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By now, we’re all too familiar with the struggles of working from home. But for many workers, the shift has had its upsides as well.
From saving money on commuting and lunches, to having more flexibility about when and where they do their work, employees are realizing they can enjoy working from home.
And when it comes to what they do like about the office, it’s not always what you might expect. While they may miss their coworkers, they don’t necessarily miss an obligatory after-work happy hour.
A new survey conducted by The Harris Poll and sponsored by Hana, CBRE’s flexible space solutions platform, polled over 1,000 U.S. office workers to gain insight into what they do and don’t miss about the office.
Here’s what the survey found, and what it could mean for the future of the workplace.
The Value of Remote Work
A whopping 99% of employees surveyed say they find value in remote work.
Up to 62% appreciate saving money by working from home, while 58% like not having a dress code and 55% enjoy not having to commute. Over half (52%) find they have a better work-life balance.
These are sizeable numbers, and only increase when looking at suburban workers: 70% value the money saved and lack of commute.
The findings suggest a real preference for at least some elements of remote work, which employers will have to address when it comes time to return to the office, perhaps by offering more remote work opportunities.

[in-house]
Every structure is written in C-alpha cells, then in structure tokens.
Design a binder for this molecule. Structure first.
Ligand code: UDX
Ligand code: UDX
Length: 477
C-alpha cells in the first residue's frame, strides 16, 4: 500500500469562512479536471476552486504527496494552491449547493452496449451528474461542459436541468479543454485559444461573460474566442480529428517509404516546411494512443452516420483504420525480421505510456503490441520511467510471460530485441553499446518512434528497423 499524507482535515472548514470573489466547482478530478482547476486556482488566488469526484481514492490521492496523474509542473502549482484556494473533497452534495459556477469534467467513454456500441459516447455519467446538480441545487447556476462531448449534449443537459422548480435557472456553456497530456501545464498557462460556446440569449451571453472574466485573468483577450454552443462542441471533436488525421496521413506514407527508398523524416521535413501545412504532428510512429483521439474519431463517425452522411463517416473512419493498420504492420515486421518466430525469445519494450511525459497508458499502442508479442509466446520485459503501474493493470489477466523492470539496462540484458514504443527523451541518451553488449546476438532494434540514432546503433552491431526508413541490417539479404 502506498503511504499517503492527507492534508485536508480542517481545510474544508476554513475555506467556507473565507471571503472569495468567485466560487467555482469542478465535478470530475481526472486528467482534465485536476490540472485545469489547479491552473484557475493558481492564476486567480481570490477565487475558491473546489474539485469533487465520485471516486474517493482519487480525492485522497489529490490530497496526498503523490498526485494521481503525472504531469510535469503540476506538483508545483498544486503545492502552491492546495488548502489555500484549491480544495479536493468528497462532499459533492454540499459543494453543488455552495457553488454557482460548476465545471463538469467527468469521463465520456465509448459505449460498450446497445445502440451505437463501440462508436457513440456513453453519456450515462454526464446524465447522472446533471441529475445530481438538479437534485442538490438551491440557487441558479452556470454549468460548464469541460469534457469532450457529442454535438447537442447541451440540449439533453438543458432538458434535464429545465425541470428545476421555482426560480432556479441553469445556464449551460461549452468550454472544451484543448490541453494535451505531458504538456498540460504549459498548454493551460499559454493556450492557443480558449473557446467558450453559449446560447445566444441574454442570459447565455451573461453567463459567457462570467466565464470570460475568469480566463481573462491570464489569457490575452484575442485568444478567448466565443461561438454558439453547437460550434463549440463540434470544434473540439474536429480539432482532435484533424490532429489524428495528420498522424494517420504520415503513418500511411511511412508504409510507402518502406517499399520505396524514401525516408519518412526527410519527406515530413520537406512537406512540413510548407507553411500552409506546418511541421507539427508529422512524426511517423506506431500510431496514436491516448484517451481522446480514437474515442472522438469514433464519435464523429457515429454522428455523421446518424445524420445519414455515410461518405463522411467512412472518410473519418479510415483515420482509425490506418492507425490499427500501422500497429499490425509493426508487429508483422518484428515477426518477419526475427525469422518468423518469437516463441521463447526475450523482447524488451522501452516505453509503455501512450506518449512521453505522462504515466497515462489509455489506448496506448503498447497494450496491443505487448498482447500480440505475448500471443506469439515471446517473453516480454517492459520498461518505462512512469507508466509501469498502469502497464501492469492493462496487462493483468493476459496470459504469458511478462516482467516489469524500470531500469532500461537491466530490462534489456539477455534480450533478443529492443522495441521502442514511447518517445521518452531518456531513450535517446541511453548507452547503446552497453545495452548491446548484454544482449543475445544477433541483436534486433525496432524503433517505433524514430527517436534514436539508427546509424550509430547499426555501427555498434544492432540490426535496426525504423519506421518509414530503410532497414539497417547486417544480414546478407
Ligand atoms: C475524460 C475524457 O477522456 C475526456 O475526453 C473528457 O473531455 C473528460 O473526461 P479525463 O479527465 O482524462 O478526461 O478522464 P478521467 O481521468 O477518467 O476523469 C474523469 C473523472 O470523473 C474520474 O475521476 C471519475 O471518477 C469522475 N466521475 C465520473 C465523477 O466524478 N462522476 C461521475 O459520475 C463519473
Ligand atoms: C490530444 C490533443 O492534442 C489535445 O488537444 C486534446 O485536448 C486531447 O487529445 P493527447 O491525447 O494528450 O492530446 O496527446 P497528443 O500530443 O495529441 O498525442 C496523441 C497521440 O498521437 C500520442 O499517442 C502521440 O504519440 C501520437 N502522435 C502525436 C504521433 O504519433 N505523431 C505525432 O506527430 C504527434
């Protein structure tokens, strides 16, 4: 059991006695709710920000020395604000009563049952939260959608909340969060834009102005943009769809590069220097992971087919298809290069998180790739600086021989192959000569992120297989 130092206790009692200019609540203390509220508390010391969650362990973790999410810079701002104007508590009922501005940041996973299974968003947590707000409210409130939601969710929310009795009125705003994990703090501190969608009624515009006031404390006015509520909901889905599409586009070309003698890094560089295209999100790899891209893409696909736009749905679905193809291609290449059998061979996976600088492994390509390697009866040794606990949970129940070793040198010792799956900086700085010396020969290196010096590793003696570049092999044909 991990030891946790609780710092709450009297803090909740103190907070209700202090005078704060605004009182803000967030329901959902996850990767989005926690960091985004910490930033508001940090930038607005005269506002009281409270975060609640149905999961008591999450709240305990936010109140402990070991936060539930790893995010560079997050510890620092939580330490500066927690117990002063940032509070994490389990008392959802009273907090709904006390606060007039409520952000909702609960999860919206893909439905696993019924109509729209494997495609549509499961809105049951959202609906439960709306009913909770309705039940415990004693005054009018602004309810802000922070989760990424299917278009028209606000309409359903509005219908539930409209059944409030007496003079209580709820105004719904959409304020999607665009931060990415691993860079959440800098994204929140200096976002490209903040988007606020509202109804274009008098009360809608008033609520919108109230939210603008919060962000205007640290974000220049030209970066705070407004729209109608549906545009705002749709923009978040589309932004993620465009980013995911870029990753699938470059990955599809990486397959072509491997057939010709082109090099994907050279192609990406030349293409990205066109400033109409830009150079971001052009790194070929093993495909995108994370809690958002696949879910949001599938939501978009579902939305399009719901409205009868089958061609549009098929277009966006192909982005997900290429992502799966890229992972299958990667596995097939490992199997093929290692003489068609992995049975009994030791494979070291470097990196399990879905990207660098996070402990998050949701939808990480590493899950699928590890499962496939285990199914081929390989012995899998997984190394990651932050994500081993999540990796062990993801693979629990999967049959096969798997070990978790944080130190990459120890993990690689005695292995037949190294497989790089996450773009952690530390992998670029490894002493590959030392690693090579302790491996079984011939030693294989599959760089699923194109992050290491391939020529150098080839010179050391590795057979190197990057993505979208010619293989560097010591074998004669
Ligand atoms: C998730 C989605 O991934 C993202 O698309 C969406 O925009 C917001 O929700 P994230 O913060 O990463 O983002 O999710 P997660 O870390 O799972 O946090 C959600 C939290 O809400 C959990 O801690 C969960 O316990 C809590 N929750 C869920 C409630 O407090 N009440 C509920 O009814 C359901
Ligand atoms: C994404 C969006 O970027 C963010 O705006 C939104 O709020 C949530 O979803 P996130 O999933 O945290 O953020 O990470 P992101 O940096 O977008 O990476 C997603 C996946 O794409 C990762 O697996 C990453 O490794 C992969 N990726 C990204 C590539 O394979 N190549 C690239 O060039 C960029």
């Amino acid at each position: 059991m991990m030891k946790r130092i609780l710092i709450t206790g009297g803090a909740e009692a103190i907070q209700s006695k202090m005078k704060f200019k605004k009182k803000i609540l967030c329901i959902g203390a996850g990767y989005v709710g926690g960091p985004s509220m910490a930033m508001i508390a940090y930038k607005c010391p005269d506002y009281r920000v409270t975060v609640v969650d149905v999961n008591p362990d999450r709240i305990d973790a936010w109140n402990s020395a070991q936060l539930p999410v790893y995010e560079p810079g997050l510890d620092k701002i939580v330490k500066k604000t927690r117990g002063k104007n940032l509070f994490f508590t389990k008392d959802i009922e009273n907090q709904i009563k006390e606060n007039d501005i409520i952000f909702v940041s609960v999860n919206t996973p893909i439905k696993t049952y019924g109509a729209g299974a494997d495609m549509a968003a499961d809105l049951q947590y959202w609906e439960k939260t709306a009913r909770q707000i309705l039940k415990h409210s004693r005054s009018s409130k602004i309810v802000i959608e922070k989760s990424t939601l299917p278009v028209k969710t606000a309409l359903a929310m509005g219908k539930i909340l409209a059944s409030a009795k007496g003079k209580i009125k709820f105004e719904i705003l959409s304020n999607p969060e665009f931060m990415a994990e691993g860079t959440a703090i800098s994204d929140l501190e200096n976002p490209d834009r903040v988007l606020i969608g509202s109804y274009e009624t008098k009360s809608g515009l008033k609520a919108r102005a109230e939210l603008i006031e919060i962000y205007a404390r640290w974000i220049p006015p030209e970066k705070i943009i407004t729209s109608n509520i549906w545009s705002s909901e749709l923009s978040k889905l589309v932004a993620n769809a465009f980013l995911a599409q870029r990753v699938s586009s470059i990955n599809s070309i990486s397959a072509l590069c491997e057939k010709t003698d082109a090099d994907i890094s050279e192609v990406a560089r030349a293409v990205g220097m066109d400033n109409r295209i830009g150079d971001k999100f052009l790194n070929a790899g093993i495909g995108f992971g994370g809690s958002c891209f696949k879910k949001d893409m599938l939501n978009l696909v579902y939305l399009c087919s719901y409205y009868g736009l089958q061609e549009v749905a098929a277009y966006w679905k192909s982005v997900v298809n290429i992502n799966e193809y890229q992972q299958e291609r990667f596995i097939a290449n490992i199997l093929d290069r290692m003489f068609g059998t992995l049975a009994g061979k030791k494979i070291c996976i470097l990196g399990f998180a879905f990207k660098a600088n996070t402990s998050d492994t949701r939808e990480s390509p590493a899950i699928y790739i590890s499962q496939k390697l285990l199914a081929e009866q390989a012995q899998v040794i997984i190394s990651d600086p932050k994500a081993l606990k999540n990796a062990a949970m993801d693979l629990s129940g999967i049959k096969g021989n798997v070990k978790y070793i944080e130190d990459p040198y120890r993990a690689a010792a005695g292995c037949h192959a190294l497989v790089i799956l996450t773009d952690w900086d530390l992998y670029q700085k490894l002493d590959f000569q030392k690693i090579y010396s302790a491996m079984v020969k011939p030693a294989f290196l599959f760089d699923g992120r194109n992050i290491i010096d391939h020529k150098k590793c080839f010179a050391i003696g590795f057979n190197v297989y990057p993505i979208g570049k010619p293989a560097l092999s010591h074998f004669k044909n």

The Benefits of the Office
That’s not to suggest that there aren’t things that employees miss about their offices.
Up to 38% report missing random interactions with colleagues, while 33% miss in-person meetings and 32% miss in-person collaboration.
Tellingly, only 23% miss social events, while only 13% miss networking events and a mere 6% miss in-office games.
This information may empower workplaces to rethink how they currently structure time and resources. How can they build on in-person collaboration while reducing unpopular social events?
The Future of Flexible Work
After working remotely for months, employees are realizing that they want more flexibility in their work in the long-term.
Before COVID-19, only 37% of employees reported wanting flexible work benefits. That number has now risen to 56%.
Employees are also concerned about losing the benefits they’ve come to enjoy. Up to 35% of respondents said it was a major concern, just slightly lower than office cleanliness (39%).
Will this shift in opinion create a sea change in how employers view remote work? How much say will employees now have to dictate when and where they work in a post-COVID world?
As worker preferences continue to shift, the workplace as we know it will need to evolve to match them.